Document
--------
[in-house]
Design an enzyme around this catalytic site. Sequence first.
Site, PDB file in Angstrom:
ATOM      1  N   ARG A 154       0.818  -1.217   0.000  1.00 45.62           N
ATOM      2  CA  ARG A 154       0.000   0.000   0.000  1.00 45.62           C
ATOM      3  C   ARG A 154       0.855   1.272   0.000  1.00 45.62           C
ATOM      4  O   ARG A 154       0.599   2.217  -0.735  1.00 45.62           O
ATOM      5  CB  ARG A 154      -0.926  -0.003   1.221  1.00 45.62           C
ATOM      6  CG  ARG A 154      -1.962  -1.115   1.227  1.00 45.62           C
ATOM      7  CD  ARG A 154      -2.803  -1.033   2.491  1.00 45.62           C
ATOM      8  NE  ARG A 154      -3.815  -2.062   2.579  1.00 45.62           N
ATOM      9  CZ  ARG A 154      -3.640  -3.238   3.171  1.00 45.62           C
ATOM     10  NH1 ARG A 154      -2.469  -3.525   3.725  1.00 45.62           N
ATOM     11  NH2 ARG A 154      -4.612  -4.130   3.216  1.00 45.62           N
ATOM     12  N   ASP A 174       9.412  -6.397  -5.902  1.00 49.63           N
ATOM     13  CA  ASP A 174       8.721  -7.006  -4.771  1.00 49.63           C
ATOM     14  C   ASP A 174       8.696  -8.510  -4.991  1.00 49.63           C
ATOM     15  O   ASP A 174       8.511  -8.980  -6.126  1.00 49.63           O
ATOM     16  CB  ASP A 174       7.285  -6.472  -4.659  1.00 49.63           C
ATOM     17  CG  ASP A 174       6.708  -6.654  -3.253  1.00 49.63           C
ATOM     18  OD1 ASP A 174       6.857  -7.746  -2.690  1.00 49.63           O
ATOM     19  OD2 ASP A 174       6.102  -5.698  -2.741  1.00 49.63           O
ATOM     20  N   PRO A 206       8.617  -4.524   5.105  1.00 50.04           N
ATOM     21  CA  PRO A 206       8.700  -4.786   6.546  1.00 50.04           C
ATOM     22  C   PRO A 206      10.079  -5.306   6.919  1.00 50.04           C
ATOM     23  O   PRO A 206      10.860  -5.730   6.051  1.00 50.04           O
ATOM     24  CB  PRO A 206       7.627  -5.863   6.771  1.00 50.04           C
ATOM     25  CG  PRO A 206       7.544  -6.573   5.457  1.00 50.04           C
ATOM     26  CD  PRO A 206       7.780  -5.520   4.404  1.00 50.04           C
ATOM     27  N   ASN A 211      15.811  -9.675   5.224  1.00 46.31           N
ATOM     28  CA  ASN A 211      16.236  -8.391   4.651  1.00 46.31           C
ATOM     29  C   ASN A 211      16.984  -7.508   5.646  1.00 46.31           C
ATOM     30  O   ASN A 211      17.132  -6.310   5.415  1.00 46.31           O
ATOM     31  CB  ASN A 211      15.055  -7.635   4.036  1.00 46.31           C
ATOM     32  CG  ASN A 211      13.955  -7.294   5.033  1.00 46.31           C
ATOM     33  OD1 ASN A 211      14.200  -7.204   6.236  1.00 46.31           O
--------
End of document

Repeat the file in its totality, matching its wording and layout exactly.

[in-house]
Design an enzyme around this catalytic site. Sequence first.
Site, PDB file in Angstrom:
ATOM      1  N   ARG A 154       0.818  -1.217   0.000  1.00 45.62           N
ATOM      2  CA  ARG A 154       0.000   0.000   0.000  1.00 45.62           C
ATOM      3  C   ARG A 154       0.855   1.272   0.000  1.00 45.62           C
ATOM      4  O   ARG A 154       0.599   2.217  -0.735  1.00 45.62           O
ATOM      5  CB  ARG A 154      -0.926  -0.003   1.221  1.00 45.62           C
ATOM      6  CG  ARG A 154      -1.962  -1.115   1.227  1.00 45.62           C
ATOM      7  CD  ARG A 154      -2.803  -1.033   2.491  1.00 45.62           C
ATOM      8  NE  ARG A 154      -3.815  -2.062   2.579  1.00 45.62           N
ATOM      9  CZ  ARG A 154      -3.640  -3.238   3.171  1.00 45.62           C
ATOM     10  NH1 ARG A 154      -2.469  -3.525   3.725  1.00 45.62           N
ATOM     11  NH2 ARG A 154      -4.612  -4.130   3.216  1.00 45.62           N
ATOM     12  N   ASP A 174       9.412  -6.397  -5.902  1.00 49.63           N
ATOM     13  CA  ASP A 174       8.721  -7.006  -4.771  1.00 49.63           C
ATOM     14  C   ASP A 174       8.696  -8.510  -4.991  1.00 49.63           C
ATOM     15  O   ASP A 174       8.511  -8.980  -6.126  1.00 49.63           O
ATOM     16  CB  ASP A 174       7.285  -6.472  -4.659  1.00 49.63           C
ATOM     17  CG  ASP A 174       6.708  -6.654  -3.253  1.00 49.63           C
ATOM     18  OD1 ASP A 174       6.857  -7.746  -2.690  1.00 49.63           O
ATOM     19  OD2 ASP A 174       6.102  -5.698  -2.741  1.00 49.63           O
ATOM     20  N   PRO A 206       8.617  -4.524   5.105  1.00 50.04           N
ATOM     21  CA  PRO A 206       8.700  -4.786   6.546  1.00 50.04           C
ATOM     22  C   PRO A 206      10.079  -5.306   6.919  1.00 50.04           C
ATOM     23  O   PRO A 206      10.860  -5.730   6.051  1.00 50.04           O
ATOM     24  CB  PRO A 206       7.627  -5.863   6.771  1.00 50.04           C
ATOM     25  CG  PRO A 206       7.544  -6.573   5.457  1.00 50.04           C
ATOM     26  CD  PRO A 206       7.780  -5.520   4.404  1.00 50.04           C
ATOM     27  N   ASN A 211      15.811  -9.675   5.224  1.00 46.31           N
ATOM     28  CA  ASN A 211      16.236  -8.391   4.651  1.00 46.31           C
ATOM     29  C   ASN A 211      16.984  -7.508   5.646  1.00 46.31           C
ATOM     30  O   ASN A 211      17.132  -6.310   5.415  1.00 46.31           O
ATOM     31  CB  ASN A 211      15.055  -7.635   4.036  1.00 46.31           C
ATOM     32  CG  ASN A 211      13.955  -7.294   5.033  1.00 46.31           C
ATOM     33  OD1 ASN A 211      14.200  -7.204   6.236  1.00 46.31           O